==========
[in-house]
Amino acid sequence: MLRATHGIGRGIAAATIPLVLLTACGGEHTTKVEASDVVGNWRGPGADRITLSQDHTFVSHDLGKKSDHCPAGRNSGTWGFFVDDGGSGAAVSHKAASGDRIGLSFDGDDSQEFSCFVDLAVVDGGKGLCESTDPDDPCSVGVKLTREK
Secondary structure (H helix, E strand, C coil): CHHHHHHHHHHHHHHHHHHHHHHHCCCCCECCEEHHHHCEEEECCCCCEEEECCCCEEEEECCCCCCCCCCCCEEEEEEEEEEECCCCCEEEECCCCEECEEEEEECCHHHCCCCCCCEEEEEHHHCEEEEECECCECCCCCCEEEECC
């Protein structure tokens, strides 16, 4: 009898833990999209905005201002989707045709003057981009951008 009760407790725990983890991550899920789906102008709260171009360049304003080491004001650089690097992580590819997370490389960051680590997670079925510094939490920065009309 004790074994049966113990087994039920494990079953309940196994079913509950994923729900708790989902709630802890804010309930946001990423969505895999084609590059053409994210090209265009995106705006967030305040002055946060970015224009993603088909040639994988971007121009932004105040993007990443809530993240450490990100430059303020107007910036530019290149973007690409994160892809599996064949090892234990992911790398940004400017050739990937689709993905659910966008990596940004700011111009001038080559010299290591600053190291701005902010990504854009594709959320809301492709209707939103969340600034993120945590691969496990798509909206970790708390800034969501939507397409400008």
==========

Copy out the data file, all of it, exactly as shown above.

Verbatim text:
[in-house]
Amino acid sequence: MLRATHGIGRGIAAATIPLVLLTACGGEHTTKVEASDVVGNWRGPGADRITLSQDHTFVSHDLGKKSDHCPAGRNSGTWGFFVDDGGSGAAVSHKAASGDRIGLSFDGDDSQEFSCFVDLAVVDGGKGLCESTDPDDPCSVGVKLTREK
Secondary structure (H helix, E strand, C coil): CHHHHHHHHHHHHHHHHHHHHHHHCCCCCECCEEHHHHCEEEECCCCCEEEECCCCEEEEECCCCCCCCCCCCEEEEEEEEEEECCCCCEEEECCCCEECEEEEEECCHHHCCCCCCCEEEEEHHHCEEEEECECCECCCCCCEEEECC
């Protein structure tokens, strides 16, 4: 009898833990999209905005201002989707045709003057981009951008 009760407790725990983890991550899920789906102008709260171009360049304003080491004001650089690097992580590819997370490389960051680590997670079925510094939490920065009309 004790074994049966113990087994039920494990079953309940196994079913509950994923729900708790989902709630802890804010309930946001990423969505895999084609590059053409994210090209265009995106705006967030305040002055946060970015224009993603088909040639994988971007121009932004105040993007990443809530993240450490990100430059303020107007910036530019290149973007690409994160892809599996064949090892234990992911790398940004400017050739990937689709993905659910966008990596940004700011111009001038080559010299290591600053190291701005902010990504854009594709959320809301492709209707939103969340600034993120945590691969496990798509909206970790708390800034969501939507397409400008």